Billionaire and former New York City mayor Michael Bloomberg has wanted to create tech jobs in the Big Apple for years. The best way to do that, he decided, was to organize a competition for universities to build a futuristic tech campus in the city. This week, Bloomberg announced a $100 million donation towards the winning bid — a joint endeavor between Cornell University and the Technion-Israel Institute of Technology — which he described as "a gift to support a brighter future for our city."
Cornell Tech offers "startup postdocs"
The campus itself is being built on Roosevelt Island, a thin strip of land on the East River, and offers courses such as "startup postdocs" that help individuals "identify a market opportunity, implement a technological solution, demonstrate its commercial viability, and found a new venture." Although the Roosevelt Island site won't be fully built until 2043, it's slated to open in 2017, with teaching already underway at a temporary Manhattan site on loan from Google.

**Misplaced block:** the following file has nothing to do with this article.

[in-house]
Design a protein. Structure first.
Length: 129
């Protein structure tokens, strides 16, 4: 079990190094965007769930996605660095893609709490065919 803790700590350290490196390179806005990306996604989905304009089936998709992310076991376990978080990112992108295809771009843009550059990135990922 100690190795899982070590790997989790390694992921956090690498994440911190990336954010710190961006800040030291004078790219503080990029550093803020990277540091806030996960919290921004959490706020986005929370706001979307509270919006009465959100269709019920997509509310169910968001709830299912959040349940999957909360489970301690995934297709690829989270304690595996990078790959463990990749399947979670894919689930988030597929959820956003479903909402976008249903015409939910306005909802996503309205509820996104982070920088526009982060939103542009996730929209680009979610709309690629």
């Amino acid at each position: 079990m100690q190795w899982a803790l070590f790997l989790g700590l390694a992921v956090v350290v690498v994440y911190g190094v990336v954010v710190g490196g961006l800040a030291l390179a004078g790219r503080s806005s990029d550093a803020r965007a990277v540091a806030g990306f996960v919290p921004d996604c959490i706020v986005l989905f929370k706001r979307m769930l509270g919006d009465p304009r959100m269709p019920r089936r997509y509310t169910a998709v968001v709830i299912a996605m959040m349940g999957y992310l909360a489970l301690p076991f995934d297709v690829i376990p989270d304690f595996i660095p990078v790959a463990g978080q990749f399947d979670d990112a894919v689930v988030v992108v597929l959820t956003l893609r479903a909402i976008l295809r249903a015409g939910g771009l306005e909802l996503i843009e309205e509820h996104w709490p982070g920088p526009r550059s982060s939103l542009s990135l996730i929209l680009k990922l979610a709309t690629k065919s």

A rendering of the Bloomberg Center. (Cornell Tech)
When fully built, the Cornell Tech site will cover 12 acres of ground and house some 2,500 students and teachers. Buildings on the site will include the first ever high-rise passive house (an international design standard that is extremely energy efficient), a "corporate co-location building" for the offices of both established tech companies and startups, and The Bloomberg Center — an academic building named after Bloomberg's daughters, Emma and Georgina. "The Bloomberg Center will, in perpetuity, carry the name of the person whose idea the whole campus was," said Cornell president Dr. David J. Skorton.